You see, I cut my hand mid-January and have had two surgeries to reattach the tendons in my left ring finger…all because I tried to pit the mango with a wine glass and the wine glass broke.


What Really Is a Mango?


Mangoes are a drupe, or stone fruit, which means that it has a large seed in the middle.


Where are Mangos Grown?


Mangoes grow on  evergreen trees that are native to India and Southeast Asia…where they have been cultivated for thousands of years.

Today mangoes are commercially grown in countries with the right climate…including Brazil, Spain, Bermuda, the West Indies, and Mexico.

Almost half of the world’s mangoes are cultivated in India alone.

In fact, India has declared mango as its “official national”..(by the way, the United States does not have a national fruit).

Here in the United States, they are grown in South Florida and the California, and Hawaii.


The Which


There are hundreds of types of mango varieties out there…each with a unique taste, shape, size, sweetness, skin eating quality, color, and flesh color—the flesh can range from pale yellow, gold, or orange…the shape can be round, oval, or kidney-shaped…the size can range anywhere from two to ten inches long…the weight can vary anywhere from five ounces to five pounds…the color of the skin can be green to yellow, yellow-orange, yellow-red, or blushed with various shades of red, purple, pink or yellow when fully ripe…the texture of the fruit can be soft, pulpy, juicy texture similar to an overripe plum or much firmer texture, like an avocado or cantaloupe.

Candied Fruit…Waste Now, Want Always — April 23, 2021

Candied Fruit…Waste Now, Want Always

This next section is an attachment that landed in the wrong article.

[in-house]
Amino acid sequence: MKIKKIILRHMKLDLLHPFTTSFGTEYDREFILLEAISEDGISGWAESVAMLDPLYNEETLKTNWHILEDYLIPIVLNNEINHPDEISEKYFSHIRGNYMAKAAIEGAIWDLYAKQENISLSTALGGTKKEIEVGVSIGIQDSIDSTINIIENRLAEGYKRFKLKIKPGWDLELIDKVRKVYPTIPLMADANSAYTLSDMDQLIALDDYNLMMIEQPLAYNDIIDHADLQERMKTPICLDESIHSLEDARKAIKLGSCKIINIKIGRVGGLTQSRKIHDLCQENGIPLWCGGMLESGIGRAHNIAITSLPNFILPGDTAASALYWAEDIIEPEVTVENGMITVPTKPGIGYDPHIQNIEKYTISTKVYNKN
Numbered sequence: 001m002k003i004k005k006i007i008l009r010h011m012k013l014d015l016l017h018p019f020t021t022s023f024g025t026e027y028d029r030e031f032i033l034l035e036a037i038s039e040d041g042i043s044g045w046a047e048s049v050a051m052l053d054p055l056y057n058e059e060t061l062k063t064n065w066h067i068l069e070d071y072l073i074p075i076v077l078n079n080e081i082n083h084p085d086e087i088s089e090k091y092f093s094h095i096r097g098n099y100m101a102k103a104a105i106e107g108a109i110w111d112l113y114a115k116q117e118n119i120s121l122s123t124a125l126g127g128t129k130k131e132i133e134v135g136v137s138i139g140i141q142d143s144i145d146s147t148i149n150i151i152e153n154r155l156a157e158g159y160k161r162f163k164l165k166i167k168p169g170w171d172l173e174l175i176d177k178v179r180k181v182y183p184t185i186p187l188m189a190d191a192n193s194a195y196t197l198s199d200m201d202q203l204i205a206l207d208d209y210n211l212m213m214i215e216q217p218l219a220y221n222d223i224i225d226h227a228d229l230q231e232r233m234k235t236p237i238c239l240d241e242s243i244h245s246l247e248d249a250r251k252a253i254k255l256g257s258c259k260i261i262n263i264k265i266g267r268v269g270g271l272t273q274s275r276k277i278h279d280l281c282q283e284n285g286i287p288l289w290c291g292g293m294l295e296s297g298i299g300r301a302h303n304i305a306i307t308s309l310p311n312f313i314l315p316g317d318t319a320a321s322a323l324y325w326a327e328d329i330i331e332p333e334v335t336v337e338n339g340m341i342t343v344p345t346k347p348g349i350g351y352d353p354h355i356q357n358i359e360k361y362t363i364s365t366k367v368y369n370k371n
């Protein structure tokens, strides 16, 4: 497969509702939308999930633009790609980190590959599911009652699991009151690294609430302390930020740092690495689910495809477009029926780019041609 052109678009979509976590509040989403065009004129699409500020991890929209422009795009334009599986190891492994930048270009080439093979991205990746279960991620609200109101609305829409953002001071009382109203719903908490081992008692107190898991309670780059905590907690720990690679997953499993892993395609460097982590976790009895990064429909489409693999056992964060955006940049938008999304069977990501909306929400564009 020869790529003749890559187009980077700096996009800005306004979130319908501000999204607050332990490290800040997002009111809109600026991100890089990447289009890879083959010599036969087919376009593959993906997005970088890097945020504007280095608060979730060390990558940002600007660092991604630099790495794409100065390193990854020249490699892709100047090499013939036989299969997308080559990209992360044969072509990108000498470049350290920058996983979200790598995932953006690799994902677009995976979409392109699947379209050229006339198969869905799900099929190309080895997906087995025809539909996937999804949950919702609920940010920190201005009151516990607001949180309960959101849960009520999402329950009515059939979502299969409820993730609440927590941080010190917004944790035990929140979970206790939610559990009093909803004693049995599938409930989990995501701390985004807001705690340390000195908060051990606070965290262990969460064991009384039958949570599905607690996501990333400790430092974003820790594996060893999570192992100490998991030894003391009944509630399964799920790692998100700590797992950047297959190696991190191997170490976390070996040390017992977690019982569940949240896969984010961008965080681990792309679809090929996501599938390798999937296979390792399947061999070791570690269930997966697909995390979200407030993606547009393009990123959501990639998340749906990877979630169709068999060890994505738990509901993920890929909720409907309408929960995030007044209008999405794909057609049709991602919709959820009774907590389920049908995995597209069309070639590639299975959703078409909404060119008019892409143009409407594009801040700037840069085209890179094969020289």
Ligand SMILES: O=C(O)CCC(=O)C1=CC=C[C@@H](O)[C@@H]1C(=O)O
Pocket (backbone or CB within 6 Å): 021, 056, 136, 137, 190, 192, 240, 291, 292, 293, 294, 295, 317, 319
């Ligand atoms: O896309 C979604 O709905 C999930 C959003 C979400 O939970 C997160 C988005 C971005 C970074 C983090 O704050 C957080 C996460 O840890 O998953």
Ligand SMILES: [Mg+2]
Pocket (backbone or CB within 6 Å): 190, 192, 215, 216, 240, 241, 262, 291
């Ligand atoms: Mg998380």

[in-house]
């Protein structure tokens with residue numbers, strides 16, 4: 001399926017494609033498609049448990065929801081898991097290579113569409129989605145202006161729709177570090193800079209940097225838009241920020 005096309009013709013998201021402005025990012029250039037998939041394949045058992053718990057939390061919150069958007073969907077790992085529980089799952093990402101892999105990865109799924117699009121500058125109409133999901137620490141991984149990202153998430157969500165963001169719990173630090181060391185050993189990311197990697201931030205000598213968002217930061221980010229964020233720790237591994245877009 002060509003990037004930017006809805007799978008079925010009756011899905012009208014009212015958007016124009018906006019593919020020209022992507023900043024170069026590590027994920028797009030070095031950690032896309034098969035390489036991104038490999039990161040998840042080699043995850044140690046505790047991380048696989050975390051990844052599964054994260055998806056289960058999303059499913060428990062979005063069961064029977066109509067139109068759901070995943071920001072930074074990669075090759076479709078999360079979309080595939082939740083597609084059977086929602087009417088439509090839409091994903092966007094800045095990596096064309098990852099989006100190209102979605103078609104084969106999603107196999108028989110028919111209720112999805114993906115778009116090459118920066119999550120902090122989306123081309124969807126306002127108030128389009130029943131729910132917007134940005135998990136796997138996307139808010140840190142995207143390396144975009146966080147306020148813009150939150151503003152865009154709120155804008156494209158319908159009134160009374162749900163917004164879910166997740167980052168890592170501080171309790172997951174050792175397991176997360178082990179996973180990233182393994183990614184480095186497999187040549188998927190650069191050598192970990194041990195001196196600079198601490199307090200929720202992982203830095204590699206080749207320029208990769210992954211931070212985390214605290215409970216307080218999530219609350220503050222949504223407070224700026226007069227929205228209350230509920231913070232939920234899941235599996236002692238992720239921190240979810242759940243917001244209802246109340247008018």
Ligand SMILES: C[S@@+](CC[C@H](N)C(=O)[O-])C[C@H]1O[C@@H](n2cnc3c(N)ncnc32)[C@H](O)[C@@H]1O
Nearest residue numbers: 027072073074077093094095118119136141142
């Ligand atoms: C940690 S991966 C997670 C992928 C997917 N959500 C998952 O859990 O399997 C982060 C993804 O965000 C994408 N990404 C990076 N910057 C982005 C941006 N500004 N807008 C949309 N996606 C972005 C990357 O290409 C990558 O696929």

Waste not, want not…how many times have we heard this expression.

Yet if you’re like me and subscripe to a fruit delivery box service such as Imperfect Foods, belong to a local food co-op, and buy fruits and veggies but find yourself not eating them before they go bad…you might consider candying them in order not to have to throw them out.

Candied fruit is delicious in fruitcake, pancakes, cakes and cookies…great for garnishes…indulgent when dipped in chocolate…or can simply be eaten on its own.

And candying fruit actually does not take as much effort as you might think that it would…

Candying fruit involves blanching your fruit in warm water to tenderize it and then simmering it in simple syrup for a while.

Fruits that you might consider candying include grapefruits, dates, ginger, kumquats, oranges, lemons, cherries, figs, berries, pears, bananas, strawberries, and pineapple. You might also consider candying vegetables such as carrots and sweet potatoes.

Fruit that you candy yourself will…or at least should be…naturally delicious, chewy, and plump treats…not the overprocessed, rubbery, artificially-colored and artificially-flavored.

After all, isn’t that the underlying goal of most diet plans these days in the first place?!


Prepping the Fruit


Choosing the fruit…As with anything else that you might cook or eat, the best results will depend on the ingredients that you use. Organic fruit will be free of pesticides and give you the best results. Also make sure your fruit is fresh and ripe, not over-ripened and old.

Before you start prepping the fruit you need to wash your fruit thoroughly.

Apples and kiwi…Cut into 1/4″ slices.

Grapefruit…Cut into small strips for faster, more even cooking.

Melons…Cut into bite-sized chunks.